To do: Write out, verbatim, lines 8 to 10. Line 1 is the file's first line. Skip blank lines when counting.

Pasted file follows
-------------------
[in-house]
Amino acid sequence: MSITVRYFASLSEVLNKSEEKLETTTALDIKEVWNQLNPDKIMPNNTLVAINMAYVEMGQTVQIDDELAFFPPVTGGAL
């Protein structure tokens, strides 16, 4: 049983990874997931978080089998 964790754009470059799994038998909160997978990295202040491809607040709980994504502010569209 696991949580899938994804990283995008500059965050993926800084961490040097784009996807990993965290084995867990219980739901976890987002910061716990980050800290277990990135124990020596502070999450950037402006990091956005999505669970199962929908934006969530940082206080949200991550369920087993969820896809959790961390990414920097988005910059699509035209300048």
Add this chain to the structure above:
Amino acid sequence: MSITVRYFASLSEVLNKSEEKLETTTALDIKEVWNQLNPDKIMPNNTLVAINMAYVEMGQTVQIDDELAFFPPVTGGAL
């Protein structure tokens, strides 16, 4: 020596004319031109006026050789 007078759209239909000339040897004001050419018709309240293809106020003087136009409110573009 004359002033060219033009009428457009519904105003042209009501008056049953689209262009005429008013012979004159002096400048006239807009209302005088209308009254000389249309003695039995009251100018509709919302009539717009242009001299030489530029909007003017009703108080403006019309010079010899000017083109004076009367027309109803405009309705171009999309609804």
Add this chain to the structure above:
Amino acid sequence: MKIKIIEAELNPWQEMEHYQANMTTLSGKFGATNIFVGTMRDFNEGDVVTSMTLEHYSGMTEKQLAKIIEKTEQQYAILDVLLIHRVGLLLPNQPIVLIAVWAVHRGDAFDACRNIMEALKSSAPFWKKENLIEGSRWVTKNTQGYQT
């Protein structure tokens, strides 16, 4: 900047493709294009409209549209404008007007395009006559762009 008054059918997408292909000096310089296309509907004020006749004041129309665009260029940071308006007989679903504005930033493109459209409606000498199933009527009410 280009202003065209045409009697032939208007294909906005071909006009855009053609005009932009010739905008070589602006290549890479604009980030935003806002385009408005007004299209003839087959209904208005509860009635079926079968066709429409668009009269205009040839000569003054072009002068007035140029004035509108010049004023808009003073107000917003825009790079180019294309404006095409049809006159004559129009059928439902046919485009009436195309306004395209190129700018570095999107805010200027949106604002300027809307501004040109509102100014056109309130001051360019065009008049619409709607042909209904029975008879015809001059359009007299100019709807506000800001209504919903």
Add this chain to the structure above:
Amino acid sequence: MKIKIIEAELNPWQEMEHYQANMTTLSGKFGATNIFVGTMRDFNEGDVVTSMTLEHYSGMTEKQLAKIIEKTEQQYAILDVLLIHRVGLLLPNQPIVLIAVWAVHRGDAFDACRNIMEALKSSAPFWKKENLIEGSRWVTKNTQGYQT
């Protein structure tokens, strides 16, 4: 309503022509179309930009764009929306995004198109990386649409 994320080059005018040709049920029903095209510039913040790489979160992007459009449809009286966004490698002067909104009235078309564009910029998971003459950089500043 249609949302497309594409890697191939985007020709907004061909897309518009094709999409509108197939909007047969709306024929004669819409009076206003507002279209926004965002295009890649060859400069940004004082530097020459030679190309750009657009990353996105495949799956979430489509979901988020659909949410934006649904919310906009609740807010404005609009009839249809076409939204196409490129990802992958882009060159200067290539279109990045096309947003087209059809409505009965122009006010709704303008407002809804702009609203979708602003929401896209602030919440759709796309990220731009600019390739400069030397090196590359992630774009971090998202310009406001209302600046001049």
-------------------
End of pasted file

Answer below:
Amino acid sequence: MKIKIIEAELNPWQEMEHYQANMTTLSGKFGATNIFVGTMRDFNEGDVVTSMTLEHYSGMTEKQLAKIIEKTEQQYAILDVLLIHRVGLLLPNQPIVLIAVWAVHRGDAFDACRNIMEALKSSAPFWKKENLIEGSRWVTKNTQGYQT
């Protein structure tokens, strides 16, 4: 900047493709294009409209549209404008007007395009006559762009 008054059918997408292909000096310089296309509907004020006749004041129309665009260029940071308006007989679903504005930033493109459209409606000498199933009527009410 280009202003065209045409009697032939208007294909906005071909006009855009053609005009932009010739905008070589602006290549890479604009980030935003806002385009408005007004299209003839087959209904208005509860009635079926079968066709429409668009009269205009040839000569003054072009002068007035140029004035509108010049004023808009003073107000917003825009790079180019294309404006095409049809006159004559129009059928439902046919485009009436195309306004395209190129700018570095999107805010200027949106604002300027809307501004040109509102100014056109309130001051360019065009008049619409709607042909209904029975008879015809001059359009007299100019709807506000800001209504919903």
Add this chain to the structure above: